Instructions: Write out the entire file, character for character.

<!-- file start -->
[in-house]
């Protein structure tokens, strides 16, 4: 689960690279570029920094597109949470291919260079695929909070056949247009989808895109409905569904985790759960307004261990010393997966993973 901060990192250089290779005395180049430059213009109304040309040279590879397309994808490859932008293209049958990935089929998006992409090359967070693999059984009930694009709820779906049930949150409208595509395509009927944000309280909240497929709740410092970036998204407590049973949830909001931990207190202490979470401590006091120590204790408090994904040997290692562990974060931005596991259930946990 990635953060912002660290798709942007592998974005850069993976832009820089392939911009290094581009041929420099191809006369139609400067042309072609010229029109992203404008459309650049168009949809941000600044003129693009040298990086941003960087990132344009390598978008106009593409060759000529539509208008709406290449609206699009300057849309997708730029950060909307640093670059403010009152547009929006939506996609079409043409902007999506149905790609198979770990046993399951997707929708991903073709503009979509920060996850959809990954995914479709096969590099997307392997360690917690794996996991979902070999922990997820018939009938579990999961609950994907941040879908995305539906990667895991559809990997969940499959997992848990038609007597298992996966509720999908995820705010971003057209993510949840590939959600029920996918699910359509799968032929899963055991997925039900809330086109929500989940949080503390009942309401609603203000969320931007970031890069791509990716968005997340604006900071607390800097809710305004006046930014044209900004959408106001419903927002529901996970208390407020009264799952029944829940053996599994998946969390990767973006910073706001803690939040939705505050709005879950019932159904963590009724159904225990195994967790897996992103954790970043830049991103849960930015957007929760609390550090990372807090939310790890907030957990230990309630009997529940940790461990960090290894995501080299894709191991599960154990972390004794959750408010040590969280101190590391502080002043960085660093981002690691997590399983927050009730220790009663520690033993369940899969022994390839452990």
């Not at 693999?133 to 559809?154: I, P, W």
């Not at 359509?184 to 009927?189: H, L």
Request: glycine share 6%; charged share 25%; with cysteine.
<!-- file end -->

[in-house]
């Protein structure tokens, strides 16, 4: 689960690279570029920094597109949470291919260079695929909070056949247009989808895109409905569904985790759960307004261990010393997966993973 901060990192250089290779005395180049430059213009109304040309040279590879397309994808490859932008293209049958990935089929998006992409090359967070693999059984009930694009709820779906049930949150409208595509395509009927944000309280909240497929709740410092970036998204407590049973949830909001931990207190202490979470401590006091120590204790408090994904040997290692562990974060931005596991259930946990 990635953060912002660290798709942007592998974005850069993976832009820089392939911009290094581009041929420099191809006369139609400067042309072609010229029109992203404008459309650049168009949809941000600044003129693009040298990086941003960087990132344009390598978008106009593409060759000529539509208008709406290449609206699009300057849309997708730029950060909307640093670059403010009152547009929006939506996609079409043409902007999506149905790609198979770990046993399951997707929708991903073709503009979509920060996850959809990954995914479709096969590099997307392997360690917690794996996991979902070999922990997820018939009938579990999961609950994907941040879908995305539906990667895991559809990997969940499959997992848990038609007597298992996966509720999908995820705010971003057209993510949840590939959600029920996918699910359509799968032929899963055991997925039900809330086109929500989940949080503390009942309401609603203000969320931007970031890069791509990716968005997340604006900071607390800097809710305004006046930014044209900004959408106001419903927002529901996970208390407020009264799952029944829940053996599994998946969390990767973006910073706001803690939040939705505050709005879950019932159904963590009724159904225990195994967790897996992103954790970043830049991103849960930015957007929760609390550090990372807090939310790890907030957990230990309630009997529940940790461990960090290894995501080299894709191991599960154990972390004794959750408010040590969280101190590391502080002043960085660093981002690691997590399983927050009730220790009663520690033993369940899969022994390839452990």
């Not at 693999?133 to 559809?154: I, P, W």
């Not at 359509?184 to 009927?189: H, L």
Request: glycine share 6%; charged share 25%; with cysteine.